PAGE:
I spoke with Christian Science Monitor's Monitoring Global Outlook about Kyrgyzstan's looming energy crisis, the lack of effective US-Central Asia policy, and China's regional vision:
MGO: Afghanistan and Pakistan have just agreed on electricity transmission pricing, a key step for the CASA-1000 plan. How likely is it that this project will be completed?
CASA-1000 only works if Kyrgyzstan is a net exporter [of electricity]. At the time this was being formulated two to three years ago, it was. Then 2014 rolls around, and Kyrgyzstan is dealing with issue after issue after issue, such that we are all of a sudden looking at it being a net importer. Without Kyrgyzstan, this project is falling apart. Tajikistan can export, but it doesn’t seem like it would be nearly enough to support Kyrgyzstan, Afghanistan, and Pakistan. So it’s a fine notion. But, in practice, there is very little reason to think this is going to see completion anytime soon.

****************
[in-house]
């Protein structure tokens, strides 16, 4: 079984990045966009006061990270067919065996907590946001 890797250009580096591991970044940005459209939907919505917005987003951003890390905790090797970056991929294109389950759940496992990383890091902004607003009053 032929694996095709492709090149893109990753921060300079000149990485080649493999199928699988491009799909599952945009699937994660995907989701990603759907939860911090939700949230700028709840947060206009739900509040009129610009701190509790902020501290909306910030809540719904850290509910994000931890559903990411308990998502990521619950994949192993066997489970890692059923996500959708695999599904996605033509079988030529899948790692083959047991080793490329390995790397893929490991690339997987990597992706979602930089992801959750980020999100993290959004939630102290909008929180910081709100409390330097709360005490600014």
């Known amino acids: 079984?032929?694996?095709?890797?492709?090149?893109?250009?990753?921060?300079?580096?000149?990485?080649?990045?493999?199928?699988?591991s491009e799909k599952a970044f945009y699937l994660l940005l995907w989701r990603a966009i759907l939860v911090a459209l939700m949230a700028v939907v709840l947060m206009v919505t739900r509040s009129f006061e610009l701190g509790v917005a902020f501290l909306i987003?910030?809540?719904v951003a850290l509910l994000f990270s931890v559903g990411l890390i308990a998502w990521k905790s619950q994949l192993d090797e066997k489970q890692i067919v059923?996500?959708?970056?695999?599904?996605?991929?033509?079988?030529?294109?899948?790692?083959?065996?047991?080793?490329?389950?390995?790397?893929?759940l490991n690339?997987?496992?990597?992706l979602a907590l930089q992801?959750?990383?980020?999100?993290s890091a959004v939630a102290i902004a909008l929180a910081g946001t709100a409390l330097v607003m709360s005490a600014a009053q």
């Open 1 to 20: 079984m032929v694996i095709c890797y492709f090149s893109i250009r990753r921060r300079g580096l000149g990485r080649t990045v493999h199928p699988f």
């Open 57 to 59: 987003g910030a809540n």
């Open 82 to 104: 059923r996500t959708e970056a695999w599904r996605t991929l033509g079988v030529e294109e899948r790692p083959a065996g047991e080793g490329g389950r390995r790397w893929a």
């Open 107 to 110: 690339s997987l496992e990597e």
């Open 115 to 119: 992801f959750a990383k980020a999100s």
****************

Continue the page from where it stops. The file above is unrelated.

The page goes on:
MGO: So what happened in Kyrgyzstan?
Kyrgyzstan is facing a perfect storm of energy issues this year.
There was a very low and late glacial runoff this year, such that their main reservoir was almost 25 percent below the level that it needed to be at last check. And there’s no reason to think it will get up to normal levels before the year is out.
On April 10, Gazprom came in and purchased Kyrgyzgaz, which is the state gas matrix, for a dollar, and forgave the debt remaining. Four days later, Uzbekistan decided to shut off gas exports to southern Kyrgyzstan. It’s been six months and there is no reason to think that will be turned back on before winter comes.